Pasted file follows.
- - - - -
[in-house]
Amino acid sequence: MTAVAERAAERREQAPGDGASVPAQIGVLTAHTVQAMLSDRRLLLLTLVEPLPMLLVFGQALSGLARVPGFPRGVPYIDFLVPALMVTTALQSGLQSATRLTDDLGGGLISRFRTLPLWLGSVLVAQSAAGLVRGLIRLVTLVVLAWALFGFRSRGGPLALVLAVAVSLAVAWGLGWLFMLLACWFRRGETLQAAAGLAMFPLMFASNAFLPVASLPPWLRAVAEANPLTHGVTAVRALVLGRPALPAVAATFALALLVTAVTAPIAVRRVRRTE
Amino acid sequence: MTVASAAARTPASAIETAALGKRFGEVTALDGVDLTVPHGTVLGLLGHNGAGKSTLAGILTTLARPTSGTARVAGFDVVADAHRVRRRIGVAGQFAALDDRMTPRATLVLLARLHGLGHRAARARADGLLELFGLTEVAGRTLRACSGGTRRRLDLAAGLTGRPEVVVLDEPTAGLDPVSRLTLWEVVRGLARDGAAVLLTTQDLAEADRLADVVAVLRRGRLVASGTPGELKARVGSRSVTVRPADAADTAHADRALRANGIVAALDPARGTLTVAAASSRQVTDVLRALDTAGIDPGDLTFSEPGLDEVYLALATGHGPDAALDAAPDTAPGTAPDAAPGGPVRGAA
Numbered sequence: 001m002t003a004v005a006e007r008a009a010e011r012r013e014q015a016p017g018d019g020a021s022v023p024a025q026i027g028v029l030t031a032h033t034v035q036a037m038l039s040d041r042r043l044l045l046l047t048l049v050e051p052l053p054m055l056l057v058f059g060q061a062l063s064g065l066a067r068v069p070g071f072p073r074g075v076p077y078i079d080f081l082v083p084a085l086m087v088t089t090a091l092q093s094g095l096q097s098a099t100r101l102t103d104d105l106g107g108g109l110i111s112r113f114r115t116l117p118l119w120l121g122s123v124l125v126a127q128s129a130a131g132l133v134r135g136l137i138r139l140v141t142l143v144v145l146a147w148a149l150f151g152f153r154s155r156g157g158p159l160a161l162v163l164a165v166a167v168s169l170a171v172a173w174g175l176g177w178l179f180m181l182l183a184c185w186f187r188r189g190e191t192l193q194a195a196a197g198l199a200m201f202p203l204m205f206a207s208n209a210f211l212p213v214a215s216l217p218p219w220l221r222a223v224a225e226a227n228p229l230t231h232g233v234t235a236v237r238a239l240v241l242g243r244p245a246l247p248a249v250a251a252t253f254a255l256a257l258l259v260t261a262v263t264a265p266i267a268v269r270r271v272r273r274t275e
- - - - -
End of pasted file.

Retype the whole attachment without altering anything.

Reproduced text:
[in-house]
Amino acid sequence: MTAVAERAAERREQAPGDGASVPAQIGVLTAHTVQAMLSDRRLLLLTLVEPLPMLLVFGQALSGLARVPGFPRGVPYIDFLVPALMVTTALQSGLQSATRLTDDLGGGLISRFRTLPLWLGSVLVAQSAAGLVRGLIRLVTLVVLAWALFGFRSRGGPLALVLAVAVSLAVAWGLGWLFMLLACWFRRGETLQAAAGLAMFPLMFASNAFLPVASLPPWLRAVAEANPLTHGVTAVRALVLGRPALPAVAATFALALLVTAVTAPIAVRRVRRTE
Amino acid sequence: MTVASAAARTPASAIETAALGKRFGEVTALDGVDLTVPHGTVLGLLGHNGAGKSTLAGILTTLARPTSGTARVAGFDVVADAHRVRRRIGVAGQFAALDDRMTPRATLVLLARLHGLGHRAARARADGLLELFGLTEVAGRTLRACSGGTRRRLDLAAGLTGRPEVVVLDEPTAGLDPVSRLTLWEVVRGLARDGAAVLLTTQDLAEADRLADVVAVLRRGRLVASGTPGELKARVGSRSVTVRPADAADTAHADRALRANGIVAALDPARGTLTVAAASSRQVTDVLRALDTAGIDPGDLTFSEPGLDEVYLALATGHGPDAALDAAPDTAPGTAPDAAPGGPVRGAA
Numbered sequence: 001m002t003a004v005a006e007r008a009a010e011r012r013e014q015a016p017g018d019g020a021s022v023p024a025q026i027g028v029l030t031a032h033t034v035q036a037m038l039s040d041r042r043l044l045l046l047t048l049v050e051p052l053p054m055l056l057v058f059g060q061a062l063s064g065l066a067r068v069p070g071f072p073r074g075v076p077y078i079d080f081l082v083p084a085l086m087v088t089t090a091l092q093s094g095l096q097s098a099t100r101l102t103d104d105l106g107g108g109l110i111s112r113f114r115t116l117p118l119w120l121g122s123v124l125v126a127q128s129a130a131g132l133v134r135g136l137i138r139l140v141t142l143v144v145l146a147w148a149l150f151g152f153r154s155r156g157g158p159l160a161l162v163l164a165v166a167v168s169l170a171v172a173w174g175l176g177w178l179f180m181l182l183a184c185w186f187r188r189g190e191t192l193q194a195a196a197g198l199a200m201f202p203l204m205f206a207s208n209a210f211l212p213v214a215s216l217p218p219w220l221r222a223v224a225e226a227n228p229l230t231h232g233v234t235a236v237r238a239l240v241l242g243r244p245a246l247p248a249v250a251a252t253f254a255l256a257l258l259v260t261a262v263t264a265p266i267a268v269r270r271v272r273r274t275e